• 50 mm of rainfall were measured during spring, making for a drier-than-average season
  • Almost 761 hours of sunshine were clocked during the season
  • Highest air temperature peaked at 27.3°C; lowest was recorded in March at 7.9°C

The meteorological spring came to a wet close as May produced 8.2 mm of rainfall more than the monthly norm of 10.2 mm. May’s above-average rainfall together with April’s 28.6 mm of precipitation did not fully compensate for March’s paltry 3.0 mm, with the season ultimately failing to reach the rainfall quota for spring.

Spring was punctuated by three thundery days and 14 rainy days as unstable weather resulting from low-pressure systems persisted well into May. While May had the most rainy days, April accounted for spring’s wettest day, which fell early in the month when 17.8 mm of rainfall–which are almost equal to a typical April’s worth of rain-descended on the Maltese Islands.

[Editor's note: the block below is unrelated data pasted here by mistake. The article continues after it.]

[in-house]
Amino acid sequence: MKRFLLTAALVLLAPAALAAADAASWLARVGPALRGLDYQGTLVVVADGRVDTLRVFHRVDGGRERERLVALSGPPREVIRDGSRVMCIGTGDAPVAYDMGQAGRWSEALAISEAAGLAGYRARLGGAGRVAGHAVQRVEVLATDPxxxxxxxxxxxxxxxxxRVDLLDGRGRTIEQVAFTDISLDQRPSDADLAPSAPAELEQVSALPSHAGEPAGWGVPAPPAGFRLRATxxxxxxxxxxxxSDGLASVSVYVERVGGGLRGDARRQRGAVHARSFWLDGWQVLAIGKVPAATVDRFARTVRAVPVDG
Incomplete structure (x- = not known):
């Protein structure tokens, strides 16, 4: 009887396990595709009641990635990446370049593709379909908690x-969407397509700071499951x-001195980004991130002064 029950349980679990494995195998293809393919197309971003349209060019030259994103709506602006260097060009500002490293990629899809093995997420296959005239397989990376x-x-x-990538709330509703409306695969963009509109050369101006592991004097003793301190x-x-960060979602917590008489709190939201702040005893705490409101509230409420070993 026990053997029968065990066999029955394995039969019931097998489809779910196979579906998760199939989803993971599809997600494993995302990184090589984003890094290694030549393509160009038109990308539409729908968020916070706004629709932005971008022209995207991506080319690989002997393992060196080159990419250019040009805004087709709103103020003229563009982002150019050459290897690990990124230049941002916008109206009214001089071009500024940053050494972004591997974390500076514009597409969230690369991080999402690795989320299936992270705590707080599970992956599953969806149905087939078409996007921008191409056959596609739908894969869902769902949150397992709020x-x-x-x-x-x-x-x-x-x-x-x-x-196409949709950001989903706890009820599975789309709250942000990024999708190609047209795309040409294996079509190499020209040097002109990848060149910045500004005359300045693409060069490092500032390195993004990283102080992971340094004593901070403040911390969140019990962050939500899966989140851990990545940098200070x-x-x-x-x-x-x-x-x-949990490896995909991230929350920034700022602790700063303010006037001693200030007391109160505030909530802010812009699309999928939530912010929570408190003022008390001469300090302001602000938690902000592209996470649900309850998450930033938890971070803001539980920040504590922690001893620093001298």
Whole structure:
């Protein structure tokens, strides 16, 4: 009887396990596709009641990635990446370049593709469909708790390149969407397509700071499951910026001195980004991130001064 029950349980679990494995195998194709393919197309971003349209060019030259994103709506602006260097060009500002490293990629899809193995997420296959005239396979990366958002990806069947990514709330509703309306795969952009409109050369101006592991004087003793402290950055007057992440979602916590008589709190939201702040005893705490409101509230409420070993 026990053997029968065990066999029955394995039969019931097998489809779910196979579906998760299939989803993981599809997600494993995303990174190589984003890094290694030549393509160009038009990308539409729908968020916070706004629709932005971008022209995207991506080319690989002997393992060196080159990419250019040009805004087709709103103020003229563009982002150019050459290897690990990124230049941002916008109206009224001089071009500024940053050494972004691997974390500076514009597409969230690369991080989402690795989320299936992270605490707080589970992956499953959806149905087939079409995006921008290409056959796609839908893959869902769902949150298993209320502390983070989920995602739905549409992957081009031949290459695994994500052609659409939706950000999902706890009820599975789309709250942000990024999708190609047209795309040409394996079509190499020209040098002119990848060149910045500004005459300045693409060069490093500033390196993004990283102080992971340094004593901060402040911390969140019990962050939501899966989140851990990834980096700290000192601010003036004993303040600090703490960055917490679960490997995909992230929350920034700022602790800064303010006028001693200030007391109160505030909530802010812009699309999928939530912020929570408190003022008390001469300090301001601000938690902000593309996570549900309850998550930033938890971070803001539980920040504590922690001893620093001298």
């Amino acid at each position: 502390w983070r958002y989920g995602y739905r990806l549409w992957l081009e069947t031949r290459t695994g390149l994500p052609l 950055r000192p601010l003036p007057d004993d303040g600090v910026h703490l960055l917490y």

During the season, the Maltese Islands also enjoyed their fair share of sunny weather, with almost 761 hours of sunshine clocked. While March and April were considerably sunnier than their respective climate norms, May’s 236.8 hours of sunshine made for a much gloomier spring month than expected. This can be partly explained by the month’s mean cloud cover, which stood at 4.0 oktas rather than the norm of 3.0 oktas.

While the weather in May was rather unseasonal, the season’s highest air temperature was reached during this month at 27.3°C. On the other hand, the lowest minimum temperature was recorded in March at 7.9°C. A look at the mean temperatures for each of the three meteorological spring months shows that March was warmer than the norm, while April was cooler and May maintained an average air temperature that was in line with the norm.

As spring wore on, the sea began to get warmer, with the average sea surface temperature gaining 2.2°C between March and May to reach 18.4°C during the latter month. May’s average sea surface temperature was in line with the monthly climate norm, while March and April both surpassed their respective norms.

Throughout the season, the Meteorological Office issued 43 wind warnings to the public, with 20 of these warnings being issued in May. May was, in fact, much windier than the norm, maintaining an average wind speed of 10.1 knots rather than the expected 8.8 knots. May’s strongest gust was recorded thirteen days into the month, blowing at 43 knots from the Southeast.

Published on 20.06.2023